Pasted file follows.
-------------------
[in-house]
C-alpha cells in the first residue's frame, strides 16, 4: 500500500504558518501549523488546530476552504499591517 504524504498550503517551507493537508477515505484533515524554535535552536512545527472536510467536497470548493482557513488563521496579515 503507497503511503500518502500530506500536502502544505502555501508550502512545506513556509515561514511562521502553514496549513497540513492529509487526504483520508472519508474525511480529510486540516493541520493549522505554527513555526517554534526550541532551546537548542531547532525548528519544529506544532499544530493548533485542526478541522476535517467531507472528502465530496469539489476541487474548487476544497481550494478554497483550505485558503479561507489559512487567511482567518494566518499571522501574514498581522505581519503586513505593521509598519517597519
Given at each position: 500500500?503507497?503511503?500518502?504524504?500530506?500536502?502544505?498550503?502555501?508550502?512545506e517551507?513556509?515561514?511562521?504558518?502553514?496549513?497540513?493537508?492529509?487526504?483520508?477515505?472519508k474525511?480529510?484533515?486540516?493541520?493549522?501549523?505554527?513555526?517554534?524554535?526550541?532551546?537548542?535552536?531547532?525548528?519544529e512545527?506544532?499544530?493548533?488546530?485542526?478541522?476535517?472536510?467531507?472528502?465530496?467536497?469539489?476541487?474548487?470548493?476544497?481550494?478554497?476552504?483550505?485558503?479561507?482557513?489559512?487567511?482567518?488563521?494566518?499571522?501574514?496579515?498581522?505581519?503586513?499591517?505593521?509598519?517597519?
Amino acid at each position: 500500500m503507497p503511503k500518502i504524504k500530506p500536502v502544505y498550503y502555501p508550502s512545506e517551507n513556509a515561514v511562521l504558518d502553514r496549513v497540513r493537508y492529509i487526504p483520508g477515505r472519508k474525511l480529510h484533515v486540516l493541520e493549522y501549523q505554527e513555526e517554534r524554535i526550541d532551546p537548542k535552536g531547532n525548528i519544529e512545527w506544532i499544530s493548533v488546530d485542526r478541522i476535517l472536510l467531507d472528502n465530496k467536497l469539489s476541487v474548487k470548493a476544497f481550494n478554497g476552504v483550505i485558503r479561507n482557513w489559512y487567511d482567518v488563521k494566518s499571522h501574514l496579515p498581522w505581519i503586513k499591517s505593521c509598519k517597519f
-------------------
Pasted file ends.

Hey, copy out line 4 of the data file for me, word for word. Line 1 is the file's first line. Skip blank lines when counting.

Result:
Amino acid at each position: 500500500m503507497p503511503k500518502i504524504k500530506p500536502v502544505y498550503y502555501p508550502s512545506e517551507n513556509a515561514v511562521l504558518d502553514r496549513v497540513r493537508y492529509i487526504p483520508g477515505r472519508k474525511l480529510h484533515v486540516l493541520e493549522y501549523q505554527e513555526e517554534r524554535i526550541d532551546p537548542k535552536g531547532n525548528i519544529e512545527w506544532i499544530s493548533v488546530d485542526r478541522i476535517l472536510l467531507d472528502n465530496k467536497l469539489s476541487v474548487k470548493a476544497f481550494n478554497g476552504v483550505i485558503r479561507n482557513w489559512y487567511d482567518v488563521k494566518s499571522h501574514l496579515p498581522w505581519i503586513k499591517s505593521c509598519k517597519f